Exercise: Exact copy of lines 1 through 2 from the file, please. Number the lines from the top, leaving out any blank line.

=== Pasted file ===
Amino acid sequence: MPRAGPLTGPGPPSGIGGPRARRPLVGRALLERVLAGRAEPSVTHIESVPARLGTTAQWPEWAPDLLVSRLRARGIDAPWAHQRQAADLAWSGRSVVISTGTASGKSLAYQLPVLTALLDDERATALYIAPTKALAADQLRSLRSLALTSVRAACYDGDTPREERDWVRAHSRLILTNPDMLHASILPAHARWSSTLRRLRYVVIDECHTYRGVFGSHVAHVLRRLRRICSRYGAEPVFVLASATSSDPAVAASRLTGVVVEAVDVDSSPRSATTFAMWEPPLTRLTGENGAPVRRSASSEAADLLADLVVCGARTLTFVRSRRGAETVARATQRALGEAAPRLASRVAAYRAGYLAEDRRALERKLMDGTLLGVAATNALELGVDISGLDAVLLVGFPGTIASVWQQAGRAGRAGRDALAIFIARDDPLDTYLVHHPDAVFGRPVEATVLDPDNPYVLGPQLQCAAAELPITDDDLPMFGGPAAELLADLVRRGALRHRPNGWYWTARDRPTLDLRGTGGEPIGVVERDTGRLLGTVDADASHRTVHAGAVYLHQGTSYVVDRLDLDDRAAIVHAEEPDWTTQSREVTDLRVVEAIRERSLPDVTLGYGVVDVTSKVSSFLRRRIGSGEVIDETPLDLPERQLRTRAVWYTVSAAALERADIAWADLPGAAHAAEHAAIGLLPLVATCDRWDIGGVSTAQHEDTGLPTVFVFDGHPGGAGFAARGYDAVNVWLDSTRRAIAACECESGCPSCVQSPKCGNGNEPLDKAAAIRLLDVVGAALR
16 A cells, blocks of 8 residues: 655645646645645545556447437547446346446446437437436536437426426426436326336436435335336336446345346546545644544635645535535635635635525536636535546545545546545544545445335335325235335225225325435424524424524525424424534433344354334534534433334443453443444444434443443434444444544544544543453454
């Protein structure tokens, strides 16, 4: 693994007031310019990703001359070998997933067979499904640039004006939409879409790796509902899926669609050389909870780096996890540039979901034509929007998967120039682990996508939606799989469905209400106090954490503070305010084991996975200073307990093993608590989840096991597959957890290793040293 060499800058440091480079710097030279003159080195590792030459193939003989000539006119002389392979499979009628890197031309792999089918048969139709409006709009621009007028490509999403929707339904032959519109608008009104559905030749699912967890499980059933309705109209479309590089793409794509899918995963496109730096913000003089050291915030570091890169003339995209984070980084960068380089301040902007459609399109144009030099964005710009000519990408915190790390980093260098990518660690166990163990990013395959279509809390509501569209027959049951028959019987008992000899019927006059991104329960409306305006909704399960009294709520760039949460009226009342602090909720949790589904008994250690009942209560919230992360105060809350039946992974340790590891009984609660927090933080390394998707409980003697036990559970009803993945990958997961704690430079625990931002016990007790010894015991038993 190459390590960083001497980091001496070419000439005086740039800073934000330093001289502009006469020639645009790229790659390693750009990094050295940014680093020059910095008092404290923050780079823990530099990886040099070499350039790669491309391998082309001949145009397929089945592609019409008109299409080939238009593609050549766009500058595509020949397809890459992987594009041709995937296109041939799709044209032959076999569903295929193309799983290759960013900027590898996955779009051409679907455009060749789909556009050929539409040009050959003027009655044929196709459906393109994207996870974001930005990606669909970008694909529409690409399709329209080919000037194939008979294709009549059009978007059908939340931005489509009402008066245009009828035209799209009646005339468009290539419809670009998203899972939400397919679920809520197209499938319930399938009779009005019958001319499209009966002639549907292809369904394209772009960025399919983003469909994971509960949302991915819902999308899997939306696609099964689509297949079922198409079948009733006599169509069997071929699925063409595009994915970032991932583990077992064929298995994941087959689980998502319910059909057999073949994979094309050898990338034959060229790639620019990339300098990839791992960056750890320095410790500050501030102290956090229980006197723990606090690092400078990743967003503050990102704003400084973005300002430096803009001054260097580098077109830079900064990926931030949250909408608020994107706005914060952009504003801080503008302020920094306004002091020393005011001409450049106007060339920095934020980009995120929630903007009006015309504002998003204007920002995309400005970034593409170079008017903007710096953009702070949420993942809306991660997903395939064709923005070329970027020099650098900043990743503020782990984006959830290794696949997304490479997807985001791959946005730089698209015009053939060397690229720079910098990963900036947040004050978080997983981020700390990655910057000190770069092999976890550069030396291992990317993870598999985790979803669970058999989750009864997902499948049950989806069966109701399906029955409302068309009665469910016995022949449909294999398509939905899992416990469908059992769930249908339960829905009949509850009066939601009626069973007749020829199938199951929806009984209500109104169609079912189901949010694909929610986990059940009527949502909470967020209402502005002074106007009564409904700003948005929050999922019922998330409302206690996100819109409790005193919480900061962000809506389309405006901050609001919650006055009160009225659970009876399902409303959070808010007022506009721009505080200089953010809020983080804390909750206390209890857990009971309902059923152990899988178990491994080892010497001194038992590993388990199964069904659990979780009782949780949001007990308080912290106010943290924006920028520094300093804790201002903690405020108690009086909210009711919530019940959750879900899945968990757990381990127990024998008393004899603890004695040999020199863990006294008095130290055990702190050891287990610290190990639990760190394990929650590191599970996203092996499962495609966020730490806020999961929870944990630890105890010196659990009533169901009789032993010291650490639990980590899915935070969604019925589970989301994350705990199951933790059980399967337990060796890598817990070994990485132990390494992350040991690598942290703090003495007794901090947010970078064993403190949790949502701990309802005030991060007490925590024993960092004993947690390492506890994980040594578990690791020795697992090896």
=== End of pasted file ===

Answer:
Amino acid sequence: MPRAGPLTGPGPPSGIGGPRARRPLVGRALLERVLAGRAEPSVTHIESVPARLGTTAQWPEWAPDLLVSRLRARGIDAPWAHQRQAADLAWSGRSVVISTGTASGKSLAYQLPVLTALLDDERATALYIAPTKALAADQLRSLRSLALTSVRAACYDGDTPREERDWVRAHSRLILTNPDMLHASILPAHARWSSTLRRLRYVVIDECHTYRGVFGSHVAHVLRRLRRICSRYGAEPVFVLASATSSDPAVAASRLTGVVVEAVDVDSSPRSATTFAMWEPPLTRLTGENGAPVRRSASSEAADLLADLVVCGARTLTFVRSRRGAETVARATQRALGEAAPRLASRVAAYRAGYLAEDRRALERKLMDGTLLGVAATNALELGVDISGLDAVLLVGFPGTIASVWQQAGRAGRAGRDALAIFIARDDPLDTYLVHHPDAVFGRPVEATVLDPDNPYVLGPQLQCAAAELPITDDDLPMFGGPAAELLADLVRRGALRHRPNGWYWTARDRPTLDLRGTGGEPIGVVERDTGRLLGTVDADASHRTVHAGAVYLHQGTSYVVDRLDLDDRAAIVHAEEPDWTTQSREVTDLRVVEAIRERSLPDVTLGYGVVDVTSKVSSFLRRRIGSGEVIDETPLDLPERQLRTRAVWYTVSAAALERADIAWADLPGAAHAAEHAAIGLLPLVATCDRWDIGGVSTAQHEDTGLPTVFVFDGHPGGAGFAARGYDAVNVWLDSTRRAIAACECESGCPSCVQSPKCGNGNEPLDKAAAIRLLDVVGAALR
16 A cells, blocks of 8 residues: 655645646645645545556447437547446346446446437437436536437426426426436326336436435335336336446345346546545644544635645535535635635635525536636535546545545546545544545445335335325235335225225325435424524424524525424424534433344354334534534433334443453443444444434443443434444444544544544543453454